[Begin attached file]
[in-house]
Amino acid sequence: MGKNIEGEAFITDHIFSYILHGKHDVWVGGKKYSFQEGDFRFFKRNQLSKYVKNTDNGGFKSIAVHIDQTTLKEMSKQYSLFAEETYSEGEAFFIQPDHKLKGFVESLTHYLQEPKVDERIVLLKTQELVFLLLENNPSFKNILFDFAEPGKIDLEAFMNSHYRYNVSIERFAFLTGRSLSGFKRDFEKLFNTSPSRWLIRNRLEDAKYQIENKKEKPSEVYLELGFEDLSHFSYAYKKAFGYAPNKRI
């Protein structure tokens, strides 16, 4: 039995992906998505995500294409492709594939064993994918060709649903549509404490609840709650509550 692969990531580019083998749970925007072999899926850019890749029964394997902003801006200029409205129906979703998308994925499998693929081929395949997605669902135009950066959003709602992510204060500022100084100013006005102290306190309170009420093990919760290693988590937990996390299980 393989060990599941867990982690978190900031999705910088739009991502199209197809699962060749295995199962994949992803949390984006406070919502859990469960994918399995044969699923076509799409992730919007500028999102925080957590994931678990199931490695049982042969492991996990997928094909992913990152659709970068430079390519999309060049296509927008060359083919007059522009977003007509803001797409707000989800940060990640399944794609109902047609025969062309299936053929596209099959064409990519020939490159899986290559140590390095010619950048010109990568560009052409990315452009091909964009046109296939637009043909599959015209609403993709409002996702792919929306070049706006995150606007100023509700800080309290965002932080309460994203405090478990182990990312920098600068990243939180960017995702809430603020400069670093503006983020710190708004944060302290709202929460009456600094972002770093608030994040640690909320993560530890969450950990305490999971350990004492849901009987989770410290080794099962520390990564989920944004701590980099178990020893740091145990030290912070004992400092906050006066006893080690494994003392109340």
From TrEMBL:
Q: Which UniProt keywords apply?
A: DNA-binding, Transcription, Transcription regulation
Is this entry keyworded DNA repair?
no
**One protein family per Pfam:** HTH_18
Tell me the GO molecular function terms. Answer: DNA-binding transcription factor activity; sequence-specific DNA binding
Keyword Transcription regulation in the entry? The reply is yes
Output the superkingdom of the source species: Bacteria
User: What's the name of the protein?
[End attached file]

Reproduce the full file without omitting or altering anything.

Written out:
[in-house]
Amino acid sequence: MGKNIEGEAFITDHIFSYILHGKHDVWVGGKKYSFQEGDFRFFKRNQLSKYVKNTDNGGFKSIAVHIDQTTLKEMSKQYSLFAEETYSEGEAFFIQPDHKLKGFVESLTHYLQEPKVDERIVLLKTQELVFLLLENNPSFKNILFDFAEPGKIDLEAFMNSHYRYNVSIERFAFLTGRSLSGFKRDFEKLFNTSPSRWLIRNRLEDAKYQIENKKEKPSEVYLELGFEDLSHFSYAYKKAFGYAPNKRI
């Protein structure tokens, strides 16, 4: 039995992906998505995500294409492709594939064993994918060709649903549509404490609840709650509550 692969990531580019083998749970925007072999899926850019890749029964394997902003801006200029409205129906979703998308994925499998693929081929395949997605669902135009950066959003709602992510204060500022100084100013006005102290306190309170009420093990919760290693988590937990996390299980 393989060990599941867990982690978190900031999705910088739009991502199209197809699962060749295995199962994949992803949390984006406070919502859990469960994918399995044969699923076509799409992730919007500028999102925080957590994931678990199931490695049982042969492991996990997928094909992913990152659709970068430079390519999309060049296509927008060359083919007059522009977003007509803001797409707000989800940060990640399944794609109902047609025969062309299936053929596209099959064409990519020939490159899986290559140590390095010619950048010109990568560009052409990315452009091909964009046109296939637009043909599959015209609403993709409002996702792919929306070049706006995150606007100023509700800080309290965002932080309460994203405090478990182990990312920098600068990243939180960017995702809430603020400069670093503006983020710190708004944060302290709202929460009456600094972002770093608030994040640690909320993560530890969450950990305490999971350990004492849901009987989770410290080794099962520390990564989920944004701590980099178990020893740091145990030290912070004992400092906050006066006893080690494994003392109340």
From TrEMBL:
Q: Which UniProt keywords apply?
A: DNA-binding, Transcription, Transcription regulation
Is this entry keyworded DNA repair?
no
**One protein family per Pfam:** HTH_18
Tell me the GO molecular function terms. Answer: DNA-binding transcription factor activity; sequence-specific DNA binding
Keyword Transcription regulation in the entry? The reply is yes
Output the superkingdom of the source species: Bacteria
User: What's the name of the protein?